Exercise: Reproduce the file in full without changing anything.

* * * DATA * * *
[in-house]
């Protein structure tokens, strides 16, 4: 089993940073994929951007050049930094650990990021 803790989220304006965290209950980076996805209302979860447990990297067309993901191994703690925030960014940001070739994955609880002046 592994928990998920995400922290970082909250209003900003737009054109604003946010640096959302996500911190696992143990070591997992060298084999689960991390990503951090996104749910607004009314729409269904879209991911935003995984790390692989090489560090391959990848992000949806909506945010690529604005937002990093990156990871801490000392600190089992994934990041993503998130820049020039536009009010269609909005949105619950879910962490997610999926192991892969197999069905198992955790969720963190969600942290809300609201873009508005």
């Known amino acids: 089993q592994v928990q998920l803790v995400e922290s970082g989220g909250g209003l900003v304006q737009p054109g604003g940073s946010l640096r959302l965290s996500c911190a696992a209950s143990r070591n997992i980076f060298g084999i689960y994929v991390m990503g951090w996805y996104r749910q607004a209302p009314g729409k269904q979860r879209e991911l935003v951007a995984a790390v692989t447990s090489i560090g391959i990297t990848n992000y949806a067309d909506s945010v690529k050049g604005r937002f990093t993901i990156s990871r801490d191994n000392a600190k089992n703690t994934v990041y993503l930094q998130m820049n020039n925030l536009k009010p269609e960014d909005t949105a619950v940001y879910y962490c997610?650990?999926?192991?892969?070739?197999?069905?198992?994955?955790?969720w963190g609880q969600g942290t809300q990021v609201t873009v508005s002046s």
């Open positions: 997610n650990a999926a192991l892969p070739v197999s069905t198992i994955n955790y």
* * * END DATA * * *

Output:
[in-house]
């Protein structure tokens, strides 16, 4: 089993940073994929951007050049930094650990990021 803790989220304006965290209950980076996805209302979860447990990297067309993901191994703690925030960014940001070739994955609880002046 592994928990998920995400922290970082909250209003900003737009054109604003946010640096959302996500911190696992143990070591997992060298084999689960991390990503951090996104749910607004009314729409269904879209991911935003995984790390692989090489560090391959990848992000949806909506945010690529604005937002990093990156990871801490000392600190089992994934990041993503998130820049020039536009009010269609909005949105619950879910962490997610999926192991892969197999069905198992955790969720963190969600942290809300609201873009508005």
């Known amino acids: 089993q592994v928990q998920l803790v995400e922290s970082g989220g909250g209003l900003v304006q737009p054109g604003g940073s946010l640096r959302l965290s996500c911190a696992a209950s143990r070591n997992i980076f060298g084999i689960y994929v991390m990503g951090w996805y996104r749910q607004a209302p009314g729409k269904q979860r879209e991911l935003v951007a995984a790390v692989t447990s090489i560090g391959i990297t990848n992000y949806a067309d909506s945010v690529k050049g604005r937002f990093t993901i990156s990871r801490d191994n000392a600190k089992n703690t994934v990041y993503l930094q998130m820049n020039n925030l536009k009010p269609e960014d909005t949105a619950v940001y879910y962490c997610?650990?999926?192991?892969?070739?197999?069905?198992?994955?955790?969720w963190g609880q969600g942290t809300q990021v609201t873009v508005s002046s």
């Open positions: 997610n650990a999926a192991l892969p070739v197999s069905t198992i994955n955790y």